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Frederiksen v. Berryhill

United States District Court, W.D. Arkansas, Fort Smith Division

February 12, 2019

NANCY A. BERRYHILL,[1] Acting Commissioner, Social Security Administration DEFENDANT



         Plaintiff, Nicholas C. Frederiksen, brings this action pursuant to 42 U.S.C. § 405(g), seeking judicial review of a decision of the Commissioner of the Social Security Administration (Commissioner) denying his claim for supplemental security income (SSI) under the provisions of Title XVI of the Social Security Act (Act). In this judicial review, the Court must determine whether there is substantial evidence in the administrative record to support the Commissioner's decision. See 42 U.S.C. § 405(g).

         Plaintiff protectively filed his current application for SSI on August 14, 2015, alleging an inability to work since August 14, 2015, [2] due to attention deficit hyperactivity disorder (ADHD), histrionic personality disorder (HPD), obsessive-compulsive personality disorder (OCPD), depression, and back issues. (Tr. 115, 129). An administrative hearing was held on August 1, 2016, at which Plaintiff and a vocational expert testified. (Tr. 72-114). Victoria Bland, Plaintiff's aunt, also appeared and testified. (Tr. 99-102).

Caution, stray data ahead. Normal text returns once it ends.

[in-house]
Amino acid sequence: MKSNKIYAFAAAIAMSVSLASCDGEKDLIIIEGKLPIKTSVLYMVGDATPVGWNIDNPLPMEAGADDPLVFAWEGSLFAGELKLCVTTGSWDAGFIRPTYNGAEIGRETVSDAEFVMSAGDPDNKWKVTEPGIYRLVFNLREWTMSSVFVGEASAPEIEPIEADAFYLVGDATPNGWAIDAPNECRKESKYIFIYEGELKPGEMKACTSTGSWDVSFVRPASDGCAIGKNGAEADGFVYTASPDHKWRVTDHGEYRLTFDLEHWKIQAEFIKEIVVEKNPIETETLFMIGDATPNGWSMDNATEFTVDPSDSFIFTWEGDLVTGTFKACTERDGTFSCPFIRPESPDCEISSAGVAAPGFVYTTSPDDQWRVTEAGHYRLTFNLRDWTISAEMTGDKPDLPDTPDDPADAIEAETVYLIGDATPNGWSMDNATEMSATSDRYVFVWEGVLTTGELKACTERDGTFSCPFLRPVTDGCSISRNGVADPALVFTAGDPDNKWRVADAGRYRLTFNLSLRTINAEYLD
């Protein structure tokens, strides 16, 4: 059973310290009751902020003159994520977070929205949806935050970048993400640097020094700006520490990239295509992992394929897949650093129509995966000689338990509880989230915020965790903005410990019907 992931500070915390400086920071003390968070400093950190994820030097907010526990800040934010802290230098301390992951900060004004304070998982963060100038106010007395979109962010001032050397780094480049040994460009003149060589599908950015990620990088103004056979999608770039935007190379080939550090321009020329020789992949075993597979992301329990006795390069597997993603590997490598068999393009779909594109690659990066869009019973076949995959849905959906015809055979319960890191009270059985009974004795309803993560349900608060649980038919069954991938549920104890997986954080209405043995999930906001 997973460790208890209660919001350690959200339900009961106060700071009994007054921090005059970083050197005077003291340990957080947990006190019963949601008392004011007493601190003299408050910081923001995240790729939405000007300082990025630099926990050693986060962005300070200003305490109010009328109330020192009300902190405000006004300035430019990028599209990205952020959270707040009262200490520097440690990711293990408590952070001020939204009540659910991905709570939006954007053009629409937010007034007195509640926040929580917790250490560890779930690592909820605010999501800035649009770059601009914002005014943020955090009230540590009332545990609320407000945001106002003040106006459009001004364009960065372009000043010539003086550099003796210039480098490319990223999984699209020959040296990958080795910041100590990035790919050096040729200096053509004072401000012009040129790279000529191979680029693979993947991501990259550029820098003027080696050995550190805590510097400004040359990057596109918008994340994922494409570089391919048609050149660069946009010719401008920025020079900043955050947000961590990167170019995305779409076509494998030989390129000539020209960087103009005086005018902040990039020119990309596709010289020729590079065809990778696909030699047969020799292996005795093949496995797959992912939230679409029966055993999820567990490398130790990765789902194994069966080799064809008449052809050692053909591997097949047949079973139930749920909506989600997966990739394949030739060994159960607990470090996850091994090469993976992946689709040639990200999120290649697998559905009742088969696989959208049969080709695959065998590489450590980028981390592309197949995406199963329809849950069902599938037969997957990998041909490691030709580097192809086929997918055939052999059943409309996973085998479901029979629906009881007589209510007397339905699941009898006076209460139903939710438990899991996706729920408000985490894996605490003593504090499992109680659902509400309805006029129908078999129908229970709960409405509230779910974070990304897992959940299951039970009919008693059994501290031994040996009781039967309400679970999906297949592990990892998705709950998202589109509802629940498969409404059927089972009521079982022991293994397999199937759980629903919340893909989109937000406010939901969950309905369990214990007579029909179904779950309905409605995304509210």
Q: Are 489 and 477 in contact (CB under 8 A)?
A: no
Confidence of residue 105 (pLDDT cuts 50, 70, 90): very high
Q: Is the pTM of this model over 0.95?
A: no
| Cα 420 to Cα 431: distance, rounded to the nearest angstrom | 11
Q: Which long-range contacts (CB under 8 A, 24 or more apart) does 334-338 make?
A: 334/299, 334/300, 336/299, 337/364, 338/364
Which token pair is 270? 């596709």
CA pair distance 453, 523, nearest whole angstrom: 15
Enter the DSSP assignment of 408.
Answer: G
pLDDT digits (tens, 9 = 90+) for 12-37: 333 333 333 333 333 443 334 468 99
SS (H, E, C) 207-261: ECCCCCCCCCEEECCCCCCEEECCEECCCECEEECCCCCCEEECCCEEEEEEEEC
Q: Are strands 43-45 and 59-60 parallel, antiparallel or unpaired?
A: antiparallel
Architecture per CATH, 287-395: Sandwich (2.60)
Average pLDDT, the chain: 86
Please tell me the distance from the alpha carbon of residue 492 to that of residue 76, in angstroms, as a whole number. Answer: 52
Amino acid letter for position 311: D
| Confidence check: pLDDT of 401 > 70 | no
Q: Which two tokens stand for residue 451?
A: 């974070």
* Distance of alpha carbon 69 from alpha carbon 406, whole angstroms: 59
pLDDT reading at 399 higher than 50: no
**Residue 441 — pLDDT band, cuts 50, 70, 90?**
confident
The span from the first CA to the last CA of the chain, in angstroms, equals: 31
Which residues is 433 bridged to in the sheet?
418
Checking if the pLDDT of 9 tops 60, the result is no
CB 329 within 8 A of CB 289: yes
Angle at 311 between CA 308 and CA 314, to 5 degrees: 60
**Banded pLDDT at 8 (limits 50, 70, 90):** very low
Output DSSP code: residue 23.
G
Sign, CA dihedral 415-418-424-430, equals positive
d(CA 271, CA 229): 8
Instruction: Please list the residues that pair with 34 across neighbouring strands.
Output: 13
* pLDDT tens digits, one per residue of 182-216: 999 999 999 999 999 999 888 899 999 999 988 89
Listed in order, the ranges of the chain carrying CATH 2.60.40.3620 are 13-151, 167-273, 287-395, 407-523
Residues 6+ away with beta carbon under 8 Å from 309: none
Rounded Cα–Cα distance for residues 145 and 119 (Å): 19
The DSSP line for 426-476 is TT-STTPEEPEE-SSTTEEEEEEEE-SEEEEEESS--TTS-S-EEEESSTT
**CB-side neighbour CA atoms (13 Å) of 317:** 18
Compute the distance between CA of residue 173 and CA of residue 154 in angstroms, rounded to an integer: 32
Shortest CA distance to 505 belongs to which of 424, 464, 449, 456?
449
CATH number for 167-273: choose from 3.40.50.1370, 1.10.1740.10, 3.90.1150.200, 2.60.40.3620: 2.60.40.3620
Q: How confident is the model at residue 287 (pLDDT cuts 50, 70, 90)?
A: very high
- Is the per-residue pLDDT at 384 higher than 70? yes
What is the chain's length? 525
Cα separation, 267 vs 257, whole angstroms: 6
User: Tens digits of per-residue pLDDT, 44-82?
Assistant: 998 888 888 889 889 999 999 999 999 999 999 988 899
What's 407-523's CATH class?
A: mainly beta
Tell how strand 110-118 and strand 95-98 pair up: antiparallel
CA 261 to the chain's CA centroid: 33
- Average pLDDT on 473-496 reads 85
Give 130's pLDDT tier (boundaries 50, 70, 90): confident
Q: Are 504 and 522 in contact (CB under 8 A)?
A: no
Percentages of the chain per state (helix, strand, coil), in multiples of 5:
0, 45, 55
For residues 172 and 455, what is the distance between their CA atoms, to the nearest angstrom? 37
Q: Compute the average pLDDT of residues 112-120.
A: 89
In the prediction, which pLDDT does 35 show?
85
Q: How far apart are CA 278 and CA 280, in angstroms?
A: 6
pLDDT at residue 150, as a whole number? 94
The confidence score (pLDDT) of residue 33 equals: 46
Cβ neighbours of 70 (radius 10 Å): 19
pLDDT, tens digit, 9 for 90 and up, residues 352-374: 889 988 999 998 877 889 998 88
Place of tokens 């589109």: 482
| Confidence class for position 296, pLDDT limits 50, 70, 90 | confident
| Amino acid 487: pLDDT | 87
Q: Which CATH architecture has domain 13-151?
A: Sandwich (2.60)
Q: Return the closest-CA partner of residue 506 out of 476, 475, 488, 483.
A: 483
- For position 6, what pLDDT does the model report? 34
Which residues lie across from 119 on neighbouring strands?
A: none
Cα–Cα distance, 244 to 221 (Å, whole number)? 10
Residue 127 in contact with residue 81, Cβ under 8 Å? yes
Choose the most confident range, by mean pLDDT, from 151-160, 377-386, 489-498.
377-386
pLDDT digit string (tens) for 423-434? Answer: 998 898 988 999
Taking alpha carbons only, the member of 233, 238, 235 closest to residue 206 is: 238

By written decision dated February 1, 2017, the ALJ found that during the relevant time period, Plaintiff had severe impairments of degenerative disk disease of the cervical and lumbar spine, bipolar disorder, attention deficit hyperactivity disorder/attention deficit disorder, adjustment disorder with depressed mood, unspecified anxiety disorder, posttraumatic stress disorder, unspecified personality disorder, and obsessive-compulsive personality disorder. (Tr. 54). However, after reviewing all of the evidence presented, the ALJ determined that Plaintiff's impairment did not meet or equal the level of severity of any impairment listed in the Listing of Impairments found in Appendix I, Subpart P, Regulation No. 4. (Tr. 54-56). The ALJ found that Plaintiff retained the residual functional capacity (RFC) to perform medium work as defined in 20 CFR 416.967(c), except for the following:

[Plaintiff] can only occasionally climb ramps and stairs but can never climb ladders, ropes and scaffolds. He can occasionally balance, stoop, kneel, crouch and crawl. Furthermore, he must avoid concentrated exposure to hazards, including no driving as a part of work. The claimant can perform work where interpersonal contact is routine but superficial, the complexity of tasks is learned by experience, with several variables and use of judgment within limits and the supervision required is little for routine tasks but detailed for nonroutine tasks. However, he can have no contact with the public.